At the recent HLTH 2023 conference, CEO of Hippocratic AI Munjal Shah shared his ambitious vision for utilizing AI to alleviate worsening healthcare staffing troubles. Shah sees AI-enabled “super-staffing” as the key to overcoming shortages and expanding care access.
The 2023 HLTH event in Las Vegas convened health industry leaders to discuss innovation and technology, with much focus on generative AI’s potential. During the “There’s No ‘AI’ in Team” panel, Munjal Shah spotlighted staffing as a prime area for AI application.
Shah explained that while diagnostic AI merits caution, tools like large language models (LLMs) could securely assist with non-clinical capacities facing drastic understaffing. He proposed AI “super-staffing” – massively scaling access by lowering costs for overwhelmed yet non-technical roles.
The Dire Healthcare Staffing Crisis
Munjal Shah spotlighted the unfolding global health worker deficit as creating an imperative for change. Citing World Health Organization projections of over 10 million additional health workers needed by 2030, Shah noted strained systems and underserved communities are already impacted. He argued generative AI represents a powerful solution if focused on the staffing crisis.
Shah pointed to non-clinical yet vital capacities – from patient navigation to chronic care nursing – where need vastly exceeds supply. With costs approaching $100 per hour yet millions lacking access, Munjal Shah sees AI as the key to affordable, scalable support.
The “super-staffing” concept means leveraging AI tools to provide personalized services impossible given financial and human limitations. This could encompass explaining billing, delivering test results, diet advice, appointment reminders, and post-visit follow-ups.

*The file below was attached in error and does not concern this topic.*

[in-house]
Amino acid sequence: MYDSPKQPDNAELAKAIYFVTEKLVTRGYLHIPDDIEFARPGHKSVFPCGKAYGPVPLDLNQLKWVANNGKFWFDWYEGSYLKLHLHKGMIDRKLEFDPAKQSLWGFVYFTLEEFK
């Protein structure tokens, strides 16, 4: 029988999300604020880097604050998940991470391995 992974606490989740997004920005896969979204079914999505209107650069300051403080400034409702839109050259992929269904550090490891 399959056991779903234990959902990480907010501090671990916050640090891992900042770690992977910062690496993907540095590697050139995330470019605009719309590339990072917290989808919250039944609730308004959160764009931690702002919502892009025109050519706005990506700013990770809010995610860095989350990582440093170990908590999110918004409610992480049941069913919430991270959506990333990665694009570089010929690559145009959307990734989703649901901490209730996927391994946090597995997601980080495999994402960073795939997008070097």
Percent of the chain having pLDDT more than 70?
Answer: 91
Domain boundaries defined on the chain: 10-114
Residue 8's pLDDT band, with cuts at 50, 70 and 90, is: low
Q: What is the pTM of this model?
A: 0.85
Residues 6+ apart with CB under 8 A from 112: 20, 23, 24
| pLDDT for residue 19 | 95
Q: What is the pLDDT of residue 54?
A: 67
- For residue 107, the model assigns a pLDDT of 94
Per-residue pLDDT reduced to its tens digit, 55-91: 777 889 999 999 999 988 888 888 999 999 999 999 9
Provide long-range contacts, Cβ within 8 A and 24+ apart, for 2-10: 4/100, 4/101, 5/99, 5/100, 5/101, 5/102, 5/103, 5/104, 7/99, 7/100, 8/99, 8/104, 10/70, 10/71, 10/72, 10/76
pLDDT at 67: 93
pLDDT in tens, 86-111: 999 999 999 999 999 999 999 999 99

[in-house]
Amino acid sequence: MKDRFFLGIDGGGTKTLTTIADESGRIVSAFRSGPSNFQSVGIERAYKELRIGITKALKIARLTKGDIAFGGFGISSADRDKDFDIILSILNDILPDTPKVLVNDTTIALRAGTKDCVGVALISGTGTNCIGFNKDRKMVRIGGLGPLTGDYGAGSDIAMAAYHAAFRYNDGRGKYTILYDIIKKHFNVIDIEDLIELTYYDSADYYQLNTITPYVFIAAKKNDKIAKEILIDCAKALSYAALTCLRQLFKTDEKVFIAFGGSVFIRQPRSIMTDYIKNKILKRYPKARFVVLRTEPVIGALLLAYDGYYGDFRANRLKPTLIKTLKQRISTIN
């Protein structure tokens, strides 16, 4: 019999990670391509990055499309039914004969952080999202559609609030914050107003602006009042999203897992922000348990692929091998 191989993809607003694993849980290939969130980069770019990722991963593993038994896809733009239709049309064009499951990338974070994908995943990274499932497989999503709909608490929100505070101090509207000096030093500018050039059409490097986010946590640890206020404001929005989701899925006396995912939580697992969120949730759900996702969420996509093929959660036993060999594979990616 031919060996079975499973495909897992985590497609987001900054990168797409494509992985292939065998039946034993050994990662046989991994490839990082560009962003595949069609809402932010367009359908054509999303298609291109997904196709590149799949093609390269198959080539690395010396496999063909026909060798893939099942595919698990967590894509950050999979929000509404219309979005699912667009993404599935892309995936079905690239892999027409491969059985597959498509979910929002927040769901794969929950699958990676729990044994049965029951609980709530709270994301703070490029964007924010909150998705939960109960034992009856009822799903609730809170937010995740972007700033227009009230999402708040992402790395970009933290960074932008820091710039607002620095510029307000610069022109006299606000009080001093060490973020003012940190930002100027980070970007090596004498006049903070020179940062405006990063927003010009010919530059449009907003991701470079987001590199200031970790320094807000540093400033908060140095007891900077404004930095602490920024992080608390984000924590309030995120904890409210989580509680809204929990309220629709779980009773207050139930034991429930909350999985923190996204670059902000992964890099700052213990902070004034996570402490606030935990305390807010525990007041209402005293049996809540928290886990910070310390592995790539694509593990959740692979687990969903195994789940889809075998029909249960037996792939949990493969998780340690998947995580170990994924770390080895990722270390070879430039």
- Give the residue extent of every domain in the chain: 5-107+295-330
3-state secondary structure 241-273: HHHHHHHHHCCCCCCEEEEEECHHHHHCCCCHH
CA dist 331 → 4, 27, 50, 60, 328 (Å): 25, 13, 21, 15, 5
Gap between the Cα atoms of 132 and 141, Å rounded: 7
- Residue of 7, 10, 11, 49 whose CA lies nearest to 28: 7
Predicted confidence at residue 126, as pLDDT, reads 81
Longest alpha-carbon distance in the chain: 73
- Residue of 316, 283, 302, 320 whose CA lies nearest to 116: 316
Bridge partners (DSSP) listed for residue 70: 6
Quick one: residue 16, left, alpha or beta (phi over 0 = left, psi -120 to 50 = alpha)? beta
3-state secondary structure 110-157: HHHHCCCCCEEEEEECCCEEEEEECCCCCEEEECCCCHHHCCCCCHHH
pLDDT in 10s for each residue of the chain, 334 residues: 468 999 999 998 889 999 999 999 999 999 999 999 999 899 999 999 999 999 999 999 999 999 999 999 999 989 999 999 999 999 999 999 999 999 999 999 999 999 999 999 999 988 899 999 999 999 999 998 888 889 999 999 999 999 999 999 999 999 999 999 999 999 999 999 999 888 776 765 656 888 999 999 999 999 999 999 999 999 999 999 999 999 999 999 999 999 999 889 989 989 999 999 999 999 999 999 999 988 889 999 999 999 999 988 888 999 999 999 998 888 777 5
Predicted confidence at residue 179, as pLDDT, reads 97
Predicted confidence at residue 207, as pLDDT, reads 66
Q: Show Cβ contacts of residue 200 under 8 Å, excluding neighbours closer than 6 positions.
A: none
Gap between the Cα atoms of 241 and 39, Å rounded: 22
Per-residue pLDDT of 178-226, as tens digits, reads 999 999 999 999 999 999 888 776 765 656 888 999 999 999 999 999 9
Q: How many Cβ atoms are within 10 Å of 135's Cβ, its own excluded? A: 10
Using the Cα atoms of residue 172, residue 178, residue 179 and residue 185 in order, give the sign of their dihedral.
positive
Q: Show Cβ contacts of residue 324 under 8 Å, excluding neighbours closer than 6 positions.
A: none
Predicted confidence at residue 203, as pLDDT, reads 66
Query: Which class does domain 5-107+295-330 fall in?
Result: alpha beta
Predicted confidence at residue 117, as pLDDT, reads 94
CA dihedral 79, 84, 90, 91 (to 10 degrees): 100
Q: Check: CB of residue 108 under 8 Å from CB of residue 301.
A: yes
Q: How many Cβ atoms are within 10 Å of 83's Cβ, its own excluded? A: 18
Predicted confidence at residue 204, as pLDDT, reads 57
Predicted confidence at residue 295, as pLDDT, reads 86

Crucially, the objective is not replacing but rather multiplying human efforts. AI would take on supplementary responsibilities allowing people to focus specialized skills where irreplaceable.
Trust Through Health System Partnerships
The panel discussion revolved around AI’s role within a “centaur” model fusing human and machine strengths. Speakers agreed fully automated solutions are unrealistic in healthcare – oversight and governance are imperative.
Munjal Shah explained Hippocratic AI’s approach centers partnerships and feedback. He noted safely fielding AI demands involvement of health systems in catching potential errors. Hippocratic AI has established a safety council with clients, emphasizing external guidance in design.
Vetting through end-users enables vital tuning before any patient impact. Shah explained this human-in-the-loop refinement helped shift the company’s focus towards conversational AI for patient-facing uses.
They found generative models’ personable interactiveness makes them uniquely suited for previously unscalable staffing needs. Once trust in responsible application is earned, enormous expansions in access become viable.
“Overtraining” LLMs to Mirror Human Expertise